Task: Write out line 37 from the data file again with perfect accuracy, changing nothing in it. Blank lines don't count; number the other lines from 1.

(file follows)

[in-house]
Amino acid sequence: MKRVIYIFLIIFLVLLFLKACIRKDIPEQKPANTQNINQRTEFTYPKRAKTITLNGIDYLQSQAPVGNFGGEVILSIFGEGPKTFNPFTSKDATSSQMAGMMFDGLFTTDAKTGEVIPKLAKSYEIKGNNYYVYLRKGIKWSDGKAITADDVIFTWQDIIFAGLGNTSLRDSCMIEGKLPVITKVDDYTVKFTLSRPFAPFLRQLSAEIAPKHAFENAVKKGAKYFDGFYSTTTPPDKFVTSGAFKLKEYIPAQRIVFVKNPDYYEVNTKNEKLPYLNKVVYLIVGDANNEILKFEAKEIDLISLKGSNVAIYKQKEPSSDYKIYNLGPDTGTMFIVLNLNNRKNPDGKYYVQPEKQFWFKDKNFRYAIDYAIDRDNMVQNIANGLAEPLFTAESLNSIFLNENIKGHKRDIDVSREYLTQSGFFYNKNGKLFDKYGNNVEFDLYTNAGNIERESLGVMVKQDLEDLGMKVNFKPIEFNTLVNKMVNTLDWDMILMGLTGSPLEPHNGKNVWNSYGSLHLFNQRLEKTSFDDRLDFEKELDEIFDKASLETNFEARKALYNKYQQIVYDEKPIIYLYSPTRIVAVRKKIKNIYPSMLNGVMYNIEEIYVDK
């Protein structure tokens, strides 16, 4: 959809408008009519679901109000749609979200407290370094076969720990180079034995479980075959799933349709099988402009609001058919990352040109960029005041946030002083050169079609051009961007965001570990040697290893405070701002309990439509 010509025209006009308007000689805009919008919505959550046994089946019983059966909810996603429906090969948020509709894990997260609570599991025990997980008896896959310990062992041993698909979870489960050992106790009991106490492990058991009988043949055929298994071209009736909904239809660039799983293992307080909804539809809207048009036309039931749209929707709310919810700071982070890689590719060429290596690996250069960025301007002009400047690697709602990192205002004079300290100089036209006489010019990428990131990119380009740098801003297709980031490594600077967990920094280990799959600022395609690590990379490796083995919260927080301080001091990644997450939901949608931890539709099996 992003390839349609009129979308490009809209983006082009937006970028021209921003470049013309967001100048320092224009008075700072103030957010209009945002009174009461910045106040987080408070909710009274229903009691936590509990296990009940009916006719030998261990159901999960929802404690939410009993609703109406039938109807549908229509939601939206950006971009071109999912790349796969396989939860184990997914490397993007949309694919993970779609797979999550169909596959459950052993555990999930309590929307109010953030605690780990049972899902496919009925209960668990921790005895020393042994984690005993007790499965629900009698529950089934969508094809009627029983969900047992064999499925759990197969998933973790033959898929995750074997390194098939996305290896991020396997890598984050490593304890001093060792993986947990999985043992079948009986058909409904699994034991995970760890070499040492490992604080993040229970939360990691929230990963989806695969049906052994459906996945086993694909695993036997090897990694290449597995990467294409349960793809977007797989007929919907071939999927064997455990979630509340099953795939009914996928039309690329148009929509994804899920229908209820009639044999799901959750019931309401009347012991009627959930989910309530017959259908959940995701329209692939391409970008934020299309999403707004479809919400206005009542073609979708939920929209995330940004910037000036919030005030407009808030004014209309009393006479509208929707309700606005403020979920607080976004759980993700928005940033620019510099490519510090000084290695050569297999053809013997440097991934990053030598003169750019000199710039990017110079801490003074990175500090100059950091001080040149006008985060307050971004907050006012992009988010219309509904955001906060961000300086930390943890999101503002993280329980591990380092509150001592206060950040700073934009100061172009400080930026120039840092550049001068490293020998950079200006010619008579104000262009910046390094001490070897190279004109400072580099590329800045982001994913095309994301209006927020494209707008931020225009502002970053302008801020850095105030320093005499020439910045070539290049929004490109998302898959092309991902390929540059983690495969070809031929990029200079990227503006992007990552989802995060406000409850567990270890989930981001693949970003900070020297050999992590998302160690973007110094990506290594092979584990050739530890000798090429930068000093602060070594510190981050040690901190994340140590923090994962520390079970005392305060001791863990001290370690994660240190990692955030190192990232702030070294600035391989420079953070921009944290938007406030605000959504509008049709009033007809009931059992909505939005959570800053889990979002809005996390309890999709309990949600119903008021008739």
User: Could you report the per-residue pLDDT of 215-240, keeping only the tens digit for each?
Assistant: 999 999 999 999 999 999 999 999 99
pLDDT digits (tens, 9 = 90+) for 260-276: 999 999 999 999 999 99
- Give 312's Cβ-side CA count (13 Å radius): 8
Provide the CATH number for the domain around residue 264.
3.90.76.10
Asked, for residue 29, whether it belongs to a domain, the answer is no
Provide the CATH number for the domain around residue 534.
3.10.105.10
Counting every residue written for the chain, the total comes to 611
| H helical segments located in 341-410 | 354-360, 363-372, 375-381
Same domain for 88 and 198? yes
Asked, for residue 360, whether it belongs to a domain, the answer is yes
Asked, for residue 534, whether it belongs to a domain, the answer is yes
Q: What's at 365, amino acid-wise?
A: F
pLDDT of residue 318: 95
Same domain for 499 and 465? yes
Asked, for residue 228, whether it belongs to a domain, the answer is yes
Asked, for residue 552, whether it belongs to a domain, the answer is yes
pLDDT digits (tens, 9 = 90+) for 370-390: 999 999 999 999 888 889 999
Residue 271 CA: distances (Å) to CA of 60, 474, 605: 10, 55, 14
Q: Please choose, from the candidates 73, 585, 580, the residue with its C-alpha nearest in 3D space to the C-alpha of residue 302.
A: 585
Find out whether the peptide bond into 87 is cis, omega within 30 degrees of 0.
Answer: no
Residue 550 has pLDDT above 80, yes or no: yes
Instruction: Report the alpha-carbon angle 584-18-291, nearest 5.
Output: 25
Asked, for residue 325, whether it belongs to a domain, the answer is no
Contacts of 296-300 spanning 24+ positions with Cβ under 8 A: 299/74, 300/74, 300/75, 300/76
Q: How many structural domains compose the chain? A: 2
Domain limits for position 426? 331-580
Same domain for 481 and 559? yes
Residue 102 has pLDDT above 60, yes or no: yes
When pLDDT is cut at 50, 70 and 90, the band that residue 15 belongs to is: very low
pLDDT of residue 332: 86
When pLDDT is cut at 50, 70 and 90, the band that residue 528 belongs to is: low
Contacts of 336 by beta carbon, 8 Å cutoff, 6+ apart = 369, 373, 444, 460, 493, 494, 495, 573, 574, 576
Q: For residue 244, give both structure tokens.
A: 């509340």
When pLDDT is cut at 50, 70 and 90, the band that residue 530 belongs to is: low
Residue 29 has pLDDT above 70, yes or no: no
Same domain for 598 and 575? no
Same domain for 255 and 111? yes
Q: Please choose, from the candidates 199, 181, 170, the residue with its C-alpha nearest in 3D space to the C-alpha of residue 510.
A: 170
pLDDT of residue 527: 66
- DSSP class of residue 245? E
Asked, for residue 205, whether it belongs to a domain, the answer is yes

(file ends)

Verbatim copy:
Same domain for 481 and 559? yes